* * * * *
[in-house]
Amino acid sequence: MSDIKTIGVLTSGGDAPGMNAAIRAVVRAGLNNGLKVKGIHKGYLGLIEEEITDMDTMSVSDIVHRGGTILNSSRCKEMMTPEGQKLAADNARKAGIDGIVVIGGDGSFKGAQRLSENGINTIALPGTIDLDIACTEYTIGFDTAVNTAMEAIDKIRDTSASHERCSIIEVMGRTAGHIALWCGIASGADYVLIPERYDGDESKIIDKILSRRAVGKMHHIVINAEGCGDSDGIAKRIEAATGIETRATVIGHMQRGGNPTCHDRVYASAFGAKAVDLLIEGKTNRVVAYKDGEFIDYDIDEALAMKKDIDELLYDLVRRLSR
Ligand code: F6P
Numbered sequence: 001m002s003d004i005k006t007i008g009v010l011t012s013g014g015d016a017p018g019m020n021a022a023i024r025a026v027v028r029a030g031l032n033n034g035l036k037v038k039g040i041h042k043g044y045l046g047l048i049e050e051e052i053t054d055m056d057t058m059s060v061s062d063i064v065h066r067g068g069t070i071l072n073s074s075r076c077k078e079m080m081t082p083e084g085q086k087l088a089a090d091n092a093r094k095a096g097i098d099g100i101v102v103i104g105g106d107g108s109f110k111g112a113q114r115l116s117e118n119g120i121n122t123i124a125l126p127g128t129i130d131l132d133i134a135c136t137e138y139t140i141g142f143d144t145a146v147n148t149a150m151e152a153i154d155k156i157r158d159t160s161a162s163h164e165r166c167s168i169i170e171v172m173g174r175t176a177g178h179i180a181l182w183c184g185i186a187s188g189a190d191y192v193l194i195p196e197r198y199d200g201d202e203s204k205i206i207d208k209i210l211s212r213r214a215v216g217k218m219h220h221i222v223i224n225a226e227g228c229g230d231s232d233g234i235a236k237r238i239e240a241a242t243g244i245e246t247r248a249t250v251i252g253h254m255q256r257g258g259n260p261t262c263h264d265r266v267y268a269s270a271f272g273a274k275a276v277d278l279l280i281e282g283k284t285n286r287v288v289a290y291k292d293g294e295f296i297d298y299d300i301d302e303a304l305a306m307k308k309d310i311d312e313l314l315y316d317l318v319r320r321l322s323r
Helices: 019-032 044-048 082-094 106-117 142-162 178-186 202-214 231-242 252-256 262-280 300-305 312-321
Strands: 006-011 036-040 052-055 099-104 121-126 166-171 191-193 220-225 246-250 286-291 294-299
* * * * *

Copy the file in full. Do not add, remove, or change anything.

[in-house]
Amino acid sequence: MSDIKTIGVLTSGGDAPGMNAAIRAVVRAGLNNGLKVKGIHKGYLGLIEEEITDMDTMSVSDIVHRGGTILNSSRCKEMMTPEGQKLAADNARKAGIDGIVVIGGDGSFKGAQRLSENGINTIALPGTIDLDIACTEYTIGFDTAVNTAMEAIDKIRDTSASHERCSIIEVMGRTAGHIALWCGIASGADYVLIPERYDGDESKIIDKILSRRAVGKMHHIVINAEGCGDSDGIAKRIEAATGIETRATVIGHMQRGGNPTCHDRVYASAFGAKAVDLLIEGKTNRVVAYKDGEFIDYDIDEALAMKKDIDELLYDLVRRLSR
Ligand code: F6P
Numbered sequence: 001m002s003d004i005k006t007i008g009v010l011t012s013g014g015d016a017p018g019m020n021a022a023i024r025a026v027v028r029a030g031l032n033n034g035l036k037v038k039g040i041h042k043g044y045l046g047l048i049e050e051e052i053t054d055m056d057t058m059s060v061s062d063i064v065h066r067g068g069t070i071l072n073s074s075r076c077k078e079m080m081t082p083e084g085q086k087l088a089a090d091n092a093r094k095a096g097i098d099g100i101v102v103i104g105g106d107g108s109f110k111g112a113q114r115l116s117e118n119g120i121n122t123i124a125l126p127g128t129i130d131l132d133i134a135c136t137e138y139t140i141g142f143d144t145a146v147n148t149a150m151e152a153i154d155k156i157r158d159t160s161a162s163h164e165r166c167s168i169i170e171v172m173g174r175t176a177g178h179i180a181l182w183c184g185i186a187s188g189a190d191y192v193l194i195p196e197r198y199d200g201d202e203s204k205i206i207d208k209i210l211s212r213r214a215v216g217k218m219h220h221i222v223i224n225a226e227g228c229g230d231s232d233g234i235a236k237r238i239e240a241a242t243g244i245e246t247r248a249t250v251i252g253h254m255q256r257g258g259n260p261t262c263h264d265r266v267y268a269s270a271f272g273a274k275a276v277d278l279l280i281e282g283k284t285n286r287v288v289a290y291k292d293g294e295f296i297d298y299d300i301d302e303a304l305a306m307k308k309d310i311d312e313l314l315y316d317l318v319r320r321l322s323r
Helices: 019-032 044-048 082-094 106-117 142-162 178-186 202-214 231-242 252-256 262-280 300-305 312-321
Strands: 006-011 036-040 052-055 099-104 121-126 166-171 191-193 220-225 246-250 286-291 294-299